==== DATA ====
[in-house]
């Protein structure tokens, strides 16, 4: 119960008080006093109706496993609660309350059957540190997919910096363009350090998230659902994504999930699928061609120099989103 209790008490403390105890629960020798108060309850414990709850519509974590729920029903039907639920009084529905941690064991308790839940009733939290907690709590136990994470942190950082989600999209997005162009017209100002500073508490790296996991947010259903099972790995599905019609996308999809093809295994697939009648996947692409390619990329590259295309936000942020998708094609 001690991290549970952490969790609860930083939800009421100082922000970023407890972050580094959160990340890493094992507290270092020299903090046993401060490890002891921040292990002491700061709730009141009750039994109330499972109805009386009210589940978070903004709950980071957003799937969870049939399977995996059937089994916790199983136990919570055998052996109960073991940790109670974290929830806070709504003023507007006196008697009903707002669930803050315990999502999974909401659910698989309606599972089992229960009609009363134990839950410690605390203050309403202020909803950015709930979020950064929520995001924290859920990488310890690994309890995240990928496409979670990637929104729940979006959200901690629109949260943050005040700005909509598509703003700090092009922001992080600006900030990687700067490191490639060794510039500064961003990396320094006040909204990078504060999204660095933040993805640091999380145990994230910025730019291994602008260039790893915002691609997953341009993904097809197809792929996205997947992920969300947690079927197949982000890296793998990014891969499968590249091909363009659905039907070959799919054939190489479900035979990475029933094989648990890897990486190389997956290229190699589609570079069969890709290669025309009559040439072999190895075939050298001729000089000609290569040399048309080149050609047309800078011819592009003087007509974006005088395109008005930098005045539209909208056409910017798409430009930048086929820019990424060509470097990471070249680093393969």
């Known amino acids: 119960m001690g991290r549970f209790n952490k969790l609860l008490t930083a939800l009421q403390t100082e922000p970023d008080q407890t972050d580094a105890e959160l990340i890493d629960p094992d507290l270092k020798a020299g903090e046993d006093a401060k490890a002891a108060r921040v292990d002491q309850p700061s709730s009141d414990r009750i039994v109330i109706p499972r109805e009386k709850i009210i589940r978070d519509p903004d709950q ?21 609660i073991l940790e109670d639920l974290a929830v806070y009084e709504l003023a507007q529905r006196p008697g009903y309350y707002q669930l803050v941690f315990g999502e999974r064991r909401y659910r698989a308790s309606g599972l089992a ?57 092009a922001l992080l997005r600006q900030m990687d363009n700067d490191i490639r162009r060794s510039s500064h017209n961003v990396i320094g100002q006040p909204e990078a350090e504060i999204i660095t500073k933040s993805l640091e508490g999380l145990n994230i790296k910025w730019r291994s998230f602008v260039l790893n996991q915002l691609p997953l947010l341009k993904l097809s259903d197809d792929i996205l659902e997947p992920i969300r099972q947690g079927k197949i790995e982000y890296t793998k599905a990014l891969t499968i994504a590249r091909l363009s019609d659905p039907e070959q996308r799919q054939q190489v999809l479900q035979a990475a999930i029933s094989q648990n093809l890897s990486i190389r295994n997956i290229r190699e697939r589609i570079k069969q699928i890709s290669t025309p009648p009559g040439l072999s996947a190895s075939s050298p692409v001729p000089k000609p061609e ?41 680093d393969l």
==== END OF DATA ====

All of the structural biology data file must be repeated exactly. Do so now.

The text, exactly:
[in-house]
């Protein structure tokens, strides 16, 4: 119960008080006093109706496993609660309350059957540190997919910096363009350090998230659902994504999930699928061609120099989103 209790008490403390105890629960020798108060309850414990709850519509974590729920029903039907639920009084529905941690064991308790839940009733939290907690709590136990994470942190950082989600999209997005162009017209100002500073508490790296996991947010259903099972790995599905019609996308999809093809295994697939009648996947692409390619990329590259295309936000942020998708094609 001690991290549970952490969790609860930083939800009421100082922000970023407890972050580094959160990340890493094992507290270092020299903090046993401060490890002891921040292990002491700061709730009141009750039994109330499972109805009386009210589940978070903004709950980071957003799937969870049939399977995996059937089994916790199983136990919570055998052996109960073991940790109670974290929830806070709504003023507007006196008697009903707002669930803050315990999502999974909401659910698989309606599972089992229960009609009363134990839950410690605390203050309403202020909803950015709930979020950064929520995001924290859920990488310890690994309890995240990928496409979670990637929104729940979006959200901690629109949260943050005040700005909509598509703003700090092009922001992080600006900030990687700067490191490639060794510039500064961003990396320094006040909204990078504060999204660095933040993805640091999380145990994230910025730019291994602008260039790893915002691609997953341009993904097809197809792929996205997947992920969300947690079927197949982000890296793998990014891969499968590249091909363009659905039907070959799919054939190489479900035979990475029933094989648990890897990486190389997956290229190699589609570079069969890709290669025309009559040439072999190895075939050298001729000089000609290569040399048309080149050609047309800078011819592009003087007509974006005088395109008005930098005045539209909208056409910017798409430009930048086929820019990424060509470097990471070249680093393969």
């Known amino acids: 119960m001690g991290r549970f209790n952490k969790l609860l008490t930083a939800l009421q403390t100082e922000p970023d008080q407890t972050d580094a105890e959160l990340i890493d629960p094992d507290l270092k020798a020299g903090e046993d006093a401060k490890a002891a108060r921040v292990d002491q309850p700061s709730s009141d414990r009750i039994v109330i109706p499972r109805e009386k709850i009210i589940r978070d519509p903004d709950q ?21 609660i073991l940790e109670d639920l974290a929830v806070y009084e709504l003023a507007q529905r006196p008697g009903y309350y707002q669930l803050v941690f315990g999502e999974r064991r909401y659910r698989a308790s309606g599972l089992a ?57 092009a922001l992080l997005r600006q900030m990687d363009n700067d490191i490639r162009r060794s510039s500064h017209n961003v990396i320094g100002q006040p909204e990078a350090e504060i999204i660095t500073k933040s993805l640091e508490g999380l145990n994230i790296k910025w730019r291994s998230f602008v260039l790893n996991q915002l691609p997953l947010l341009k993904l097809s259903d197809d792929i996205l659902e997947p992920i969300r099972q947690g079927k197949i790995e982000y890296t793998k599905a990014l891969t499968i994504a590249r091909l363009s019609d659905p039907e070959q996308r799919q054939q190489v999809l479900q035979a990475a999930i029933s094989q648990n093809l890897s990486i190389r295994n997956i290229r190699e697939r589609i570079k069969q699928i890709s290669t025309p009648p009559g040439l072999s996947a190895s075939s050298p692409v001729p000089k000609p061609e ?41 680093d393969l």